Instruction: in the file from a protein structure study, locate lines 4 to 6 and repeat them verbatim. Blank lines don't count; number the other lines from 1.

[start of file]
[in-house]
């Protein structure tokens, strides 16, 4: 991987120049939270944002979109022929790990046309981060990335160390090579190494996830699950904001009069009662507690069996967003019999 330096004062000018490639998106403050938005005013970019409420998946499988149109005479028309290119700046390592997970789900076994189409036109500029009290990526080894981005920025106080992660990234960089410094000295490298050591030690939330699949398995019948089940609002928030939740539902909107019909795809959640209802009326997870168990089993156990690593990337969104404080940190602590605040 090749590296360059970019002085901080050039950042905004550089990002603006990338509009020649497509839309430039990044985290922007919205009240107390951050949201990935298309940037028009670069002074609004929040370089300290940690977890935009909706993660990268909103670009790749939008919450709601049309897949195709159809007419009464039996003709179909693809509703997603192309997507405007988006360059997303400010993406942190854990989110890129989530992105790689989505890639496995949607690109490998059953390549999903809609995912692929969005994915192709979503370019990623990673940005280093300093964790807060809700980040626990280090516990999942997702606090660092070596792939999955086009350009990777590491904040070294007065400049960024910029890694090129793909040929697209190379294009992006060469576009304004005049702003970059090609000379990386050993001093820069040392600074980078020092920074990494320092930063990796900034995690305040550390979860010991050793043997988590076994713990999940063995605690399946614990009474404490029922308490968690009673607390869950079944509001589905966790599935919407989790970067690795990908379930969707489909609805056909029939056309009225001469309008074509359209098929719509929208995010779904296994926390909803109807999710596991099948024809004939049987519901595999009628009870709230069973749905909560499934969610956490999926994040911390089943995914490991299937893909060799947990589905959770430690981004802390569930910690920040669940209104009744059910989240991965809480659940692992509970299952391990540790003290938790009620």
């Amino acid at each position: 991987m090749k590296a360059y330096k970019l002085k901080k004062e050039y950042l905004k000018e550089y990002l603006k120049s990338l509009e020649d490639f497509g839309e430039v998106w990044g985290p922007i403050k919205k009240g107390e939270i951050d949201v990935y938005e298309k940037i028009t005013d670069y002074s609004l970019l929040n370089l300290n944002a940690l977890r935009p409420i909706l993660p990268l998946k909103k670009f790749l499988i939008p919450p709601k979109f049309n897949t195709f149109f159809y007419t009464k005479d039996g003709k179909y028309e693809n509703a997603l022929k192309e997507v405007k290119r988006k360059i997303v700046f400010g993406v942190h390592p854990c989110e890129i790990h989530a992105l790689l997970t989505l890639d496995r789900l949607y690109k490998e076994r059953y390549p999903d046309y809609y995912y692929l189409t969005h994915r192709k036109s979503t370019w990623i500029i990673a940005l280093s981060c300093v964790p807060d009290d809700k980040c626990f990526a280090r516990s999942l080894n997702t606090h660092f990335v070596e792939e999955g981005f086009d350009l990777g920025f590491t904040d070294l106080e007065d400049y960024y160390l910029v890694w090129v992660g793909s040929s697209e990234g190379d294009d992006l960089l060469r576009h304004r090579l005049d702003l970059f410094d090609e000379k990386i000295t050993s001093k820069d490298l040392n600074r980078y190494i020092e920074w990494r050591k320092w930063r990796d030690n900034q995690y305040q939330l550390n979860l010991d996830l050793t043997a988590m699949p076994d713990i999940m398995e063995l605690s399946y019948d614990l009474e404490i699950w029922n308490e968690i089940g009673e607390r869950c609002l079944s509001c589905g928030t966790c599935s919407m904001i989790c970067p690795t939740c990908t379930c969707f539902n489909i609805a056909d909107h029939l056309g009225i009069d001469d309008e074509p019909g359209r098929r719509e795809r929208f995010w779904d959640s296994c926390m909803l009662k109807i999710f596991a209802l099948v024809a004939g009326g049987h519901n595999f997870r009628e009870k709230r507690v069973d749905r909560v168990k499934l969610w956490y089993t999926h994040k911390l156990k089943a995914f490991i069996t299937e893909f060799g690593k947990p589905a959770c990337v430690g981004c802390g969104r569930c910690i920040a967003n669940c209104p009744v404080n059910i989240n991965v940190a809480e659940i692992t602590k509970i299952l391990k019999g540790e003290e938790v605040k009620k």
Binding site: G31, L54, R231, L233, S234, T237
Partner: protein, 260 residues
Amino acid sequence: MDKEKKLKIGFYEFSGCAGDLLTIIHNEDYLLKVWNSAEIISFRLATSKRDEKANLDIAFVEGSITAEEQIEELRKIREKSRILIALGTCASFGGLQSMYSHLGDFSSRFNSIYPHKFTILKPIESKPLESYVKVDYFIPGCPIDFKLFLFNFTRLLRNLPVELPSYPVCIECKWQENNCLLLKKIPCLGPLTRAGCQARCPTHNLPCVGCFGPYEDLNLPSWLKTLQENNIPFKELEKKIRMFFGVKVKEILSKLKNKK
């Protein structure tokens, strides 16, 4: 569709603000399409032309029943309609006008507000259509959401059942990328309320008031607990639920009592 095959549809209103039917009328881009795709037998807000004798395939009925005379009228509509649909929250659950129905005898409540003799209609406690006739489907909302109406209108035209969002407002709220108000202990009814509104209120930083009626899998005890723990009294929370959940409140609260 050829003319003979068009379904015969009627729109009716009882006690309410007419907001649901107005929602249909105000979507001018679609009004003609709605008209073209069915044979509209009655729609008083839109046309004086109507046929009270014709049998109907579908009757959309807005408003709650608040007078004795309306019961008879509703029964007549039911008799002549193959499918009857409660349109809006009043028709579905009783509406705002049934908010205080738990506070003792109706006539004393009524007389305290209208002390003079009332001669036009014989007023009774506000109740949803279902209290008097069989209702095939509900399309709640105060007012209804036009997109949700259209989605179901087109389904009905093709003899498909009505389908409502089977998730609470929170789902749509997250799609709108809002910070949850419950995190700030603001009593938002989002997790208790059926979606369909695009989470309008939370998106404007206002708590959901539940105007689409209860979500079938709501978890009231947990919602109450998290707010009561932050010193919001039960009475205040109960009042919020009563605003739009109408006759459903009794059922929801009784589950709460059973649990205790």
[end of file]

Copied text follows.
Binding site: G31, L54, R231, L233, S234, T237
Partner: protein, 260 residues
Amino acid sequence: MDKEKKLKIGFYEFSGCAGDLLTIIHNEDYLLKVWNSAEIISFRLATSKRDEKANLDIAFVEGSITAEEQIEELRKIREKSRILIALGTCASFGGLQSMYSHLGDFSSRFNSIYPHKFTILKPIESKPLESYVKVDYFIPGCPIDFKLFLFNFTRLLRNLPVELPSYPVCIECKWQENNCLLLKKIPCLGPLTRAGCQARCPTHNLPCVGCFGPYEDLNLPSWLKTLQENNIPFKELEKKIRMFFGVKVKEILSKLKNKK